Media outlets around the world have followed Iranian Christian pastor Youcef Nadarkhani as he was imprisoned after questioning the school his sons (now 7 and 9) attend regarding the teaching of the Koran in their classes.
The imprisonment wasn’t because he complained, supposedly, but “that led to his arrest for allegedly using his home as a place of worship and attempting to convert Muslims and ultimately his conviction by the Iranian Supreme Court. His release came when the court downgraded his crime to “evangelizing to Muslims” and let him out with what amounted to time served,” Fox News reports.
There are so many different things I want to say about this, but the awesome thing (to me) is that he didn’t retaliate against those who held him captive.
Instead, on the day of his release–three years later–he wrote a thank you letter to his supporters and did not say anything negative toward those who arrested or held him in prison.
Which made me think of what I would do in that situation.
If I was arrested because I was in some way violating what the government dictated as my “religious freedom” and imprisoned for three years while my spouse and children learned to live without me. What would I say if I had the chance to write 600 words to the public?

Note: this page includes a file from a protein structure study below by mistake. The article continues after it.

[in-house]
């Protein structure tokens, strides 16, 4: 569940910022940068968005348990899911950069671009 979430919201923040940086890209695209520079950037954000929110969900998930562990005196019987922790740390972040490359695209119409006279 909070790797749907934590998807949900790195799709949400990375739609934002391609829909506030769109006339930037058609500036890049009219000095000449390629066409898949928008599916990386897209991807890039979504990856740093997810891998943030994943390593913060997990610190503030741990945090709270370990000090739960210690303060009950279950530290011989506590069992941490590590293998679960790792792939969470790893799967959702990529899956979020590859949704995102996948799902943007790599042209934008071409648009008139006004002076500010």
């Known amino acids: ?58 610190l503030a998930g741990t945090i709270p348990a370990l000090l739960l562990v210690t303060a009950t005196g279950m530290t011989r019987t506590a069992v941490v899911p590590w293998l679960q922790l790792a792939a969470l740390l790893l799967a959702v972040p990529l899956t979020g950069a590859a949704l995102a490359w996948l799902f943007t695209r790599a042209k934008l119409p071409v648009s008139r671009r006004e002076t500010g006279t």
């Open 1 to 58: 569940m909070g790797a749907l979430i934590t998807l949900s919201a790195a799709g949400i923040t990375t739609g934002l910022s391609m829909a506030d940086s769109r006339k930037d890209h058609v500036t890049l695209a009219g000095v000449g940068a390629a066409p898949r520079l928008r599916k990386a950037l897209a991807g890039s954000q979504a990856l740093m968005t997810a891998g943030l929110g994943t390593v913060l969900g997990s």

Would I defend myself? Attack those who arrested me? Thank those who prayed for my release?
I have no idea what I would do, but I hope my response would be just as Christ-exalting and God-glorifying as Nadarkhani’s.
To me, his response (or lack thereof) embodied Jesus’ words in Matthew:
“You have heard that it was said, ‘An eye for an eye and a tooth for a tooth.’ But I say to you, Do not resist the one who is evil. But if anyone slaps you on the right cheek, turn to him the other also. And if anyone would sue you and take your tunic, let him have your cloak as well. And if anyone forces you to go one mile, go with him two miles. Give to the one who begs from you, and do not refuse the one who would borrow from you.
-Jesus, Matthew 5:38-42 ESV